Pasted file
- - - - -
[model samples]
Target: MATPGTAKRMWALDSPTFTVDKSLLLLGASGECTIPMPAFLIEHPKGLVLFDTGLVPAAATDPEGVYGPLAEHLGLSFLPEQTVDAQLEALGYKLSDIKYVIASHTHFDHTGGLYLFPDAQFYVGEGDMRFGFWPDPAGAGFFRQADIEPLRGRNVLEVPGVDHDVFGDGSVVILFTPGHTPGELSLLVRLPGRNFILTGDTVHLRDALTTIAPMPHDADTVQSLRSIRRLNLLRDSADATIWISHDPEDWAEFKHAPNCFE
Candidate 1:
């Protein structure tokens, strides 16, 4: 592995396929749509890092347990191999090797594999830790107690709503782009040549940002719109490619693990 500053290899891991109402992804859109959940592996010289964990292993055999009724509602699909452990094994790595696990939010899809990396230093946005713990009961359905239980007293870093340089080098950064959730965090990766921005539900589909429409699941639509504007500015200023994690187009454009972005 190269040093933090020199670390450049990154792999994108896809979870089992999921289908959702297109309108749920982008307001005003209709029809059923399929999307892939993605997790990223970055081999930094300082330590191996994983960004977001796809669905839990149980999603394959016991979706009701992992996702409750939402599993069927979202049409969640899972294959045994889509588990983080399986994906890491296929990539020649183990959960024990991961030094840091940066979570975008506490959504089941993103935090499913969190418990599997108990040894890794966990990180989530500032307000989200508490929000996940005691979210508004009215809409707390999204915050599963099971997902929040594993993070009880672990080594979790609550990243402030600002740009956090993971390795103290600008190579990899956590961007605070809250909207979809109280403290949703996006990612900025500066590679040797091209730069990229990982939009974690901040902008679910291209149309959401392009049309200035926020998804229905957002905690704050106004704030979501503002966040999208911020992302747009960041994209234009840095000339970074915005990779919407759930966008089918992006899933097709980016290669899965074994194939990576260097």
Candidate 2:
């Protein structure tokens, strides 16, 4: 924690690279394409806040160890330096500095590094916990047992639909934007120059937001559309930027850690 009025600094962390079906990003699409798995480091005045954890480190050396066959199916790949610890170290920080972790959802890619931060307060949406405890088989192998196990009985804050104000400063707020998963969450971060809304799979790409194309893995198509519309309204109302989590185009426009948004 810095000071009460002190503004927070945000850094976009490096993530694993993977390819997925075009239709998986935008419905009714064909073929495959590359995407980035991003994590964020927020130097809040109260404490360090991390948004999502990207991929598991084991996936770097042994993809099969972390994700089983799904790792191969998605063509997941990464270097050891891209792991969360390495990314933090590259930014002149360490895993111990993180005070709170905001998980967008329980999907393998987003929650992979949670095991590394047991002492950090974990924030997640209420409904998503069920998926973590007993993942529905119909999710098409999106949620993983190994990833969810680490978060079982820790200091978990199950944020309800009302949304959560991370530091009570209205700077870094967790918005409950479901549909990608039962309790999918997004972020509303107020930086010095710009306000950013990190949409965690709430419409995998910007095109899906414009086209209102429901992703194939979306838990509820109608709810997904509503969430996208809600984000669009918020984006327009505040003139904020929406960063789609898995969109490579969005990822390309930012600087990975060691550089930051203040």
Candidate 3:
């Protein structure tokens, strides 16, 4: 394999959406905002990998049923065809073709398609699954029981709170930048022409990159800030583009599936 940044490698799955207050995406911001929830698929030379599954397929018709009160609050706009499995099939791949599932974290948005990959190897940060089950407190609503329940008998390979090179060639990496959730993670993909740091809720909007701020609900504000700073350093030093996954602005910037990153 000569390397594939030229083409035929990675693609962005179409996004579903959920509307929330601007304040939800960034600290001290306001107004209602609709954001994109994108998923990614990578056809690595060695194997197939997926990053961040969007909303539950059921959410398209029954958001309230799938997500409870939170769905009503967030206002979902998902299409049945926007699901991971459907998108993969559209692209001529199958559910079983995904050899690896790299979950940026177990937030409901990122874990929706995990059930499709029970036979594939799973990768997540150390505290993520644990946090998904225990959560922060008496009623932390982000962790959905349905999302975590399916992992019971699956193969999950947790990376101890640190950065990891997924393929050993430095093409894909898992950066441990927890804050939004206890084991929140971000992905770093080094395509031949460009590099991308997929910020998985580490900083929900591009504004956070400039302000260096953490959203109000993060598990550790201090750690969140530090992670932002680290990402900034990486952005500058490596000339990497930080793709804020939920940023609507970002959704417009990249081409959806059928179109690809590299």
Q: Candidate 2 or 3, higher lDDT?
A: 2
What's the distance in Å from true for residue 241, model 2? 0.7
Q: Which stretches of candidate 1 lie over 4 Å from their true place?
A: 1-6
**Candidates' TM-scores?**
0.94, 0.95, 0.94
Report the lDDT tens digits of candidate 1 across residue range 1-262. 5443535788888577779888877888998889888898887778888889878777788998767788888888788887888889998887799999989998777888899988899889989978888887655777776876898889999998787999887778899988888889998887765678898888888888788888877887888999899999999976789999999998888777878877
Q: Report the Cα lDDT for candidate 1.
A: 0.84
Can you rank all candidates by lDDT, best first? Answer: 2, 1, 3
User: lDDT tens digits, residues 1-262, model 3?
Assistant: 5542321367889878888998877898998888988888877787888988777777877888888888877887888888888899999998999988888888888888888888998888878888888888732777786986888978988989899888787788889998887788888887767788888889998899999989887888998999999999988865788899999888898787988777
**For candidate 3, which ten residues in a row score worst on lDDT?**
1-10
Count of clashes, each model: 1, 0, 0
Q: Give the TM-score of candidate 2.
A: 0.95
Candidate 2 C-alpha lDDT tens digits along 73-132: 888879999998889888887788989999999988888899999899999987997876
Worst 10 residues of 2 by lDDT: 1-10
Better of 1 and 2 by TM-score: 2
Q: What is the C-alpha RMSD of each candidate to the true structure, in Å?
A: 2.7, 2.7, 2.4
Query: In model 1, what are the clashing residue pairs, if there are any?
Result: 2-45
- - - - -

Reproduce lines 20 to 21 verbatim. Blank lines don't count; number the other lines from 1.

User: lDDT tens digits, residues 1-262, model 3?
Assistant: 5542321367889878888998877898998888988888877787888988777777877888888888877887888888888899999998999988888888888888888888998888878888888888732777786986888978988989899888787788889998887788888887767788888889998899999989887888998999999999988865788899999888898787988777